The RAD Lofts, a large mixed-use development first proposed more than three years ago for the Asheville River Arts District, is back up for review by a city advisory board.
Developer Harry Pilos proposed the development for a now-vacant lot at the corner of Clingman Avenue and Roberts Street on property that was once home to Dave Steel Company. It’s a prime piece of real estate in an area that’s about to see a dramatic transformation with a massive infrastructure project. That project, known as the RAD TIP, includes the construction of sidewalks, roundabouts and the straightening of a portion of Riverside Drive. It also includes new stormwater drainage, the replacement of utility lines and the demolition of several deteriorating warehouses in the area.
Pilos has struggled over the years to get his financing together for RAD Lofts. It’s a $60 million project that will include some more affordable apartment units, as well as parking and space for new retail businesses. It will require the construction of a couple of different six-story buildings. The property fronts both Clingman Avenue and Roberts Street.
The project met with approval from several city advisory boards a couple of years ago, but it’s been revised, so it must go back for another look. Plans call for 243 residential units, as well as retail and office space contained in multiple buildings. and having a gross floor area of 449,445 square feet. (See the RAD Loft plans here. The plans are by Sitework Studios in Asheville.)
I believe the design review board could look at the extremely boring roof line….I thought the city was pushing for stepped back levels and more varied facade. What i see looks a little like government housing from the 70s. I will say the first 2 storys on the Roberts st side are looking pretty good , but above that and on the other front, not very inviting.
If this is going to happen, can we at least get it timed so that the construction overlaps with the RAD re-alignment work as much possible? It won’t be ideal for tourists or residents if a long period of construction-related disruption is followed immediately by another long period of construction-related disruption.
For anyone interested in the amount of parking, take a look at the plan. If trying to maximize your number of posts, don’t look at the plan.
Chris and Berry, Check out page 6 of proposal for the answer on your parking question. Looks like a pretty extensive underground parking deck for residents as well as 32 additional spot in the back of the property.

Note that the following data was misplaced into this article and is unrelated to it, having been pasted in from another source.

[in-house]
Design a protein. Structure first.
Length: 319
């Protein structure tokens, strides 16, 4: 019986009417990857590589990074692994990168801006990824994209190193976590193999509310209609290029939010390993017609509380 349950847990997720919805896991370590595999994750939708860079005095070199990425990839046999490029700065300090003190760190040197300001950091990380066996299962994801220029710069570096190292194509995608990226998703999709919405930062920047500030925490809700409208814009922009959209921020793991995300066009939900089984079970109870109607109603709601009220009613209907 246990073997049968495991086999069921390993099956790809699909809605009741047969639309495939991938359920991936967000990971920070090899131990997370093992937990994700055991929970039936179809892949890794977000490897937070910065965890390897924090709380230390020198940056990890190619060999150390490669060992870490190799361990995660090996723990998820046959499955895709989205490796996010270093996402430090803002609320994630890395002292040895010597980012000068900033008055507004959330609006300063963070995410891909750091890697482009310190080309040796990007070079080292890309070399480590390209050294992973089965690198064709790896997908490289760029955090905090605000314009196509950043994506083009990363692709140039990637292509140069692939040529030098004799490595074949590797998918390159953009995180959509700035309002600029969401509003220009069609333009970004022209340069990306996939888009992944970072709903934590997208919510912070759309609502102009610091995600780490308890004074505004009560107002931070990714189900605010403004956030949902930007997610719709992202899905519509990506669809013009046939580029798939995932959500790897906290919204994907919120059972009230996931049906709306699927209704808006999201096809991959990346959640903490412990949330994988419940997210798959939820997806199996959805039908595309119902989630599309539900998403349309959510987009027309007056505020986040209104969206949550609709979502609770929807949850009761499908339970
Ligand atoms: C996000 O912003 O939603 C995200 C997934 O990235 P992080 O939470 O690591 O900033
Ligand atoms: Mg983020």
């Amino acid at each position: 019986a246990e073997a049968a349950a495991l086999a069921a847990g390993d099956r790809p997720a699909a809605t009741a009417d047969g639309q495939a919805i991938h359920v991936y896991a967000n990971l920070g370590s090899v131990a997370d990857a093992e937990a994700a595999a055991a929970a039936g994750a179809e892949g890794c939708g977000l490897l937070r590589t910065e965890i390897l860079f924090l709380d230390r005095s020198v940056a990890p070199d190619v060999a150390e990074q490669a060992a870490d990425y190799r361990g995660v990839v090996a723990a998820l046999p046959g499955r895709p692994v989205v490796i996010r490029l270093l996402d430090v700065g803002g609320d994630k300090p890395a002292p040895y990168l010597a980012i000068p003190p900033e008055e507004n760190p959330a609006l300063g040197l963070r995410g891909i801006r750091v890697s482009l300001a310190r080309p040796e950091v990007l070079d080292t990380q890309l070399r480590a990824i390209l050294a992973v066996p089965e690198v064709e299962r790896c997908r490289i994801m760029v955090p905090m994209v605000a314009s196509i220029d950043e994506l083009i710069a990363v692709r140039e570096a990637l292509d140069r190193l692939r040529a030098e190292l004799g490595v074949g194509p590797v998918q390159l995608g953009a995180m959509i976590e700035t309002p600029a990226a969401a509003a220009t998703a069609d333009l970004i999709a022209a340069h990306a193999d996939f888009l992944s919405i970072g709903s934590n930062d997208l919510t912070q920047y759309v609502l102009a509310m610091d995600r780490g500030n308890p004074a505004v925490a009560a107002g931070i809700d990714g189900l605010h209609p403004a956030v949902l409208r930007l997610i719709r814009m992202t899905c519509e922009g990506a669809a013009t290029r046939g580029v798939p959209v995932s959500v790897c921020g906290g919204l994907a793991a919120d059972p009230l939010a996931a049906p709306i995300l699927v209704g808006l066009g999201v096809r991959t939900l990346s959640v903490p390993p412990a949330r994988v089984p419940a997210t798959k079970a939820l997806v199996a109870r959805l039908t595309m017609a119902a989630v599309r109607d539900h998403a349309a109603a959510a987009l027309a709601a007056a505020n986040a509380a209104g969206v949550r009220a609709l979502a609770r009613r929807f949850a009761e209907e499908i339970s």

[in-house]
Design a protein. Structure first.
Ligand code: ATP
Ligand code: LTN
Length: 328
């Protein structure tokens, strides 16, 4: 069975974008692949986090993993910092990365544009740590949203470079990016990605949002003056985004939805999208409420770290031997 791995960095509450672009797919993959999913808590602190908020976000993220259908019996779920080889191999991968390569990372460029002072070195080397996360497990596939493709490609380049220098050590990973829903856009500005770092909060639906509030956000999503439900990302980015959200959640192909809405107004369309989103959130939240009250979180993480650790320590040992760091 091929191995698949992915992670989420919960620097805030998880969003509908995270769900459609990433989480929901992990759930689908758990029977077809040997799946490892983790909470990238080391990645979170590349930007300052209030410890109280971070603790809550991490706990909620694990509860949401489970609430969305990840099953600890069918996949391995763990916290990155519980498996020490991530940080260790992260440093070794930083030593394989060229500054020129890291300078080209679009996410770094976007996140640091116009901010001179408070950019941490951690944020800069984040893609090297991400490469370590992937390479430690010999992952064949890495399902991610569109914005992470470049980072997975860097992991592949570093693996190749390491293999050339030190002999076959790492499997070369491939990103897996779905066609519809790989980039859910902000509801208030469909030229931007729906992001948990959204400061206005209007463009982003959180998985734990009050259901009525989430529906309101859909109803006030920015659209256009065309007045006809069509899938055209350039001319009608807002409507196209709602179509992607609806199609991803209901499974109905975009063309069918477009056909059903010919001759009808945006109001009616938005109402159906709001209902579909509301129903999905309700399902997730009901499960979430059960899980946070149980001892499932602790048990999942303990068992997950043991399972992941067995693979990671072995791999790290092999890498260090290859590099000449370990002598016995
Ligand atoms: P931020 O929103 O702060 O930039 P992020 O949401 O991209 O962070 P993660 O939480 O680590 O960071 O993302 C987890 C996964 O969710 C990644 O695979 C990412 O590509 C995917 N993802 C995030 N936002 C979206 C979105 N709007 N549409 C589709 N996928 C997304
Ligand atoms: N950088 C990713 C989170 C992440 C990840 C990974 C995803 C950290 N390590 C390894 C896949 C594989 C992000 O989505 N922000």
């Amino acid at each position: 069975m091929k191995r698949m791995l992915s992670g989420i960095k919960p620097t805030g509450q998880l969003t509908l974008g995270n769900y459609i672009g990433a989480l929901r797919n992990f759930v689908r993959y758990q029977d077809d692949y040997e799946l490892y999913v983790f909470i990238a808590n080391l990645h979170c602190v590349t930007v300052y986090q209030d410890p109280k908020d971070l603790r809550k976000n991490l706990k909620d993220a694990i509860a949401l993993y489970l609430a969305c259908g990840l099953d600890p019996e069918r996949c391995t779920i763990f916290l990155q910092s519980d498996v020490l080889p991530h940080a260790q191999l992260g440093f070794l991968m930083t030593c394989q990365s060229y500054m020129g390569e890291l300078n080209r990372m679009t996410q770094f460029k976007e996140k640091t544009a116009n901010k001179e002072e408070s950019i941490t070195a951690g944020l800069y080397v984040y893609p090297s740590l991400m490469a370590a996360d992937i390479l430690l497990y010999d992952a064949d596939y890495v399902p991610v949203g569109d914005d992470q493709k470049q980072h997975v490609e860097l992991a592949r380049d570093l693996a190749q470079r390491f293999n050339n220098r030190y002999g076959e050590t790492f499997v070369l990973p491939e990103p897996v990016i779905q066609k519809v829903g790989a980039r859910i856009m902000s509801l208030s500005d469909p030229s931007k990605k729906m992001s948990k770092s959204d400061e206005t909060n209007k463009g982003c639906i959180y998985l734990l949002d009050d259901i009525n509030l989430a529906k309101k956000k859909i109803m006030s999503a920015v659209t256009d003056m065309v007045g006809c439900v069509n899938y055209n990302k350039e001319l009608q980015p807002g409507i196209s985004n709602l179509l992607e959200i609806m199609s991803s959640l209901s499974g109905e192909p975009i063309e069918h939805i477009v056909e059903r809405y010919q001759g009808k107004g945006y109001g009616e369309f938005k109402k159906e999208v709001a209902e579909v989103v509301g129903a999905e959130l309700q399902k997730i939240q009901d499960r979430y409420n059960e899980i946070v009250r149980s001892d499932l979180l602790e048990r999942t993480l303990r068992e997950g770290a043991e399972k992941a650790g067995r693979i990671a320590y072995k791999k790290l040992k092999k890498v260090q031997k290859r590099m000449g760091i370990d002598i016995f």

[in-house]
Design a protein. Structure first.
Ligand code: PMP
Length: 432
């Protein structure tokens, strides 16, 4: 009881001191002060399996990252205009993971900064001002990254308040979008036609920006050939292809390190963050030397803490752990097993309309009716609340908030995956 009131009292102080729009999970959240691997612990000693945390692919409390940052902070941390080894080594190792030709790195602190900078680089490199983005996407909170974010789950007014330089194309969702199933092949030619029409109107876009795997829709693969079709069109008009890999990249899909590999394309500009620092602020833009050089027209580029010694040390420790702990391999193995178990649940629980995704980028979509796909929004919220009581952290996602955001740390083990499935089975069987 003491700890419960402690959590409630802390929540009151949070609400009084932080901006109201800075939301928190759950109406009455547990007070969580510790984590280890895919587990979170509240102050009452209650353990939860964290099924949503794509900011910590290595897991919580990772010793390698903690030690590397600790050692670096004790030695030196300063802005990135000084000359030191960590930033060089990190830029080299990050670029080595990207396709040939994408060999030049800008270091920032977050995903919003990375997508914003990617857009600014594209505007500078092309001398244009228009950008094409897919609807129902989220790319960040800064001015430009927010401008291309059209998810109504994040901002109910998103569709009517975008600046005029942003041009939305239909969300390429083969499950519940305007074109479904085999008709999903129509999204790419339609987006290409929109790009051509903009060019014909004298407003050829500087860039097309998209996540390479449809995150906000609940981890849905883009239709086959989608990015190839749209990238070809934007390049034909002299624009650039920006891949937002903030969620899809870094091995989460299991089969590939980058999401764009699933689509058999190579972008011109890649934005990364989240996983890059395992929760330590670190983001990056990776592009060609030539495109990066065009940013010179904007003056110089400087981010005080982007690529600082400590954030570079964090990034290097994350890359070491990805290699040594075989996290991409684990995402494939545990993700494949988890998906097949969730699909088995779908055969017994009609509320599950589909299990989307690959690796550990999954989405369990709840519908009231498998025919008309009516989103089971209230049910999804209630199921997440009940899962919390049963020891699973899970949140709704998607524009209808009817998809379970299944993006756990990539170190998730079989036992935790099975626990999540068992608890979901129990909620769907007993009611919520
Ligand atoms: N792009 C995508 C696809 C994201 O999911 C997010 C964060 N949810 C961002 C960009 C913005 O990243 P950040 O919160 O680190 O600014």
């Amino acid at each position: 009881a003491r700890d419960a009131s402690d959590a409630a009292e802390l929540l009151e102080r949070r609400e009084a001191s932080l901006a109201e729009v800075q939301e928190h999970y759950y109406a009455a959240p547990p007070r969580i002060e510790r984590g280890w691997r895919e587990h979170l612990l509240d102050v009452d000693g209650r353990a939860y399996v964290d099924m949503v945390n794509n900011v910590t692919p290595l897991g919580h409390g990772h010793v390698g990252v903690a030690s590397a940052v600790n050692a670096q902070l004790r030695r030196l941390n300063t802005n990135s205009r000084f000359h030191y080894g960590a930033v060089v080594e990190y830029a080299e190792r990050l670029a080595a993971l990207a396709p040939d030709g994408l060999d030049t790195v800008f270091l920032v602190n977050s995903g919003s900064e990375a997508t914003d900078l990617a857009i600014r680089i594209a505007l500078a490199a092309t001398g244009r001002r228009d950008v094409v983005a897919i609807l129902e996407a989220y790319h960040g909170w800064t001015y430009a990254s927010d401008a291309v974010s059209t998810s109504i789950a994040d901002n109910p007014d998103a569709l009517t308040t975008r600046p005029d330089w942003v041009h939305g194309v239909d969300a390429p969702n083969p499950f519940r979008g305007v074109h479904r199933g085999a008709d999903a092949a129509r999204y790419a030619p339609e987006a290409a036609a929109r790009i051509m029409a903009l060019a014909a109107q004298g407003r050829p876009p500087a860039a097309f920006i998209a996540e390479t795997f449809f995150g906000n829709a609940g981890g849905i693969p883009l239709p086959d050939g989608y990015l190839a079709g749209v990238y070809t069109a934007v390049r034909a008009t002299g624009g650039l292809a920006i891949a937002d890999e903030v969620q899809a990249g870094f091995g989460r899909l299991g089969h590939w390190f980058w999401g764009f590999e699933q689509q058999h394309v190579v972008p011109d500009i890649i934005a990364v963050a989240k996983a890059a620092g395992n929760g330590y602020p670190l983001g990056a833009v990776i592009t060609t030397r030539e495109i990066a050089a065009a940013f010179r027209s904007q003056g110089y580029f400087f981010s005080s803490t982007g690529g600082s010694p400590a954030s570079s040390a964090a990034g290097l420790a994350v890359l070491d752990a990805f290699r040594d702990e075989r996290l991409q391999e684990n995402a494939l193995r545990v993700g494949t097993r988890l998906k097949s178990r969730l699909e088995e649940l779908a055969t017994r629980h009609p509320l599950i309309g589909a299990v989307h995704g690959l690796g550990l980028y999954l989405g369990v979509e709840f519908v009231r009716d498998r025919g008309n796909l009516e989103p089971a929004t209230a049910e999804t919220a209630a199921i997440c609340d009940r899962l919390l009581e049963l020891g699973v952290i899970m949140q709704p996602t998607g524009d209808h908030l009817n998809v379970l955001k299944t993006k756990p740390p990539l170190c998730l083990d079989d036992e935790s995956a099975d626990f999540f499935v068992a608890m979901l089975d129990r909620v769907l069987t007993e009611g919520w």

Jeez, that’s a lot of building on a relatively small piece of property. Density is good, to a point – will there be adequate parking for all those residents, not to mention the businesses?
Details on parking would be nice. If they build 243 units and add 25 parking spaces, they’ve just created a bigger problem in an already congested area.
Progressive Asheville finds your lack of faith and commitment to the role of public transportation in this development disturbing. People who require affordable housing have no need for cars or parking. They will rely on the more economical and environmentally friendly options of buses and Uber to get to their jobs and school. Let us have no more of this Capitalist/Republican nonsense about privately owned vehicles. You have been warned.
Click on the link in the article to the plans…394 spaces.
So long as there are no more than one vehicle per residence, no problem. No couple has two cars, right?
If there are 394 spaces, even assuming some are set aside for visitors or staff, that means that more than half of the apartments could have two spaces. More than 1.5 spaces per unit seems like a pretty workable number to me, especially given the location.
Leaving zero spaces for the retail businesses. And that’s after, unless I misread those plans, getting rid of all the parking spaces currently available along Clingman Ave.
I’m pretty sure the only *legal* parking spaces along that stretch of Clingman are on the other side of the street, so hopefully the project wont affect them. I also feel confident that the people in charge of reviewing and approving the plan understand parking needs better than you or I do, and will require additional spaces IF they are actually needed.
The fact that a lot of people are already routinely parking in informal or *not-legal* spots along Clingman should be a sign that there’s already a shortage – and that’s only normal traffic. On days when there are River Arts events, there’s no parking for blocks around. This plan seems to eliminate something like 20 spaces along Clingman, and a whole lot more ‘informal’ spaces on Roberts. (It appears to count 8 pre-existing spaces on Roberts as new, BTW.)
I see a loss of about 30 current spaces, and potentially not enough new spaces to accommodate the residences and businesses they plan. Add to that the fact that the ‘new’ 20 space lot on the other side of Roberts, which is currently an empty grass area, is slated to
“remain gravel”. That tells me they anticipate new building there eventually.
Yes, I certainly hope they are casting a very skeptical eye on whether this plan will create a massive parking shortfall for the area.
Yes – in a world where 243 equals 394 then you are exactly right. As long as nobody has more than one vehicle per residence there would be no problem.
However in the real world where many of these apartments will be occupied by singles, a parking ratio of over 1.6:1 is more than enough. It can take up to 151 two-car households and 92 single-car households. Which seems perfectly reasonable, to me.
The last article I read on this property (back in May/June) indicated the city invoked imminent domain and Pilos was in negotiations with how much COA would buy the land after they made a low ball offer of $750k. Why did the city release it from ID?
I think it was just a piece of the property that the city needed to make room for road improvements.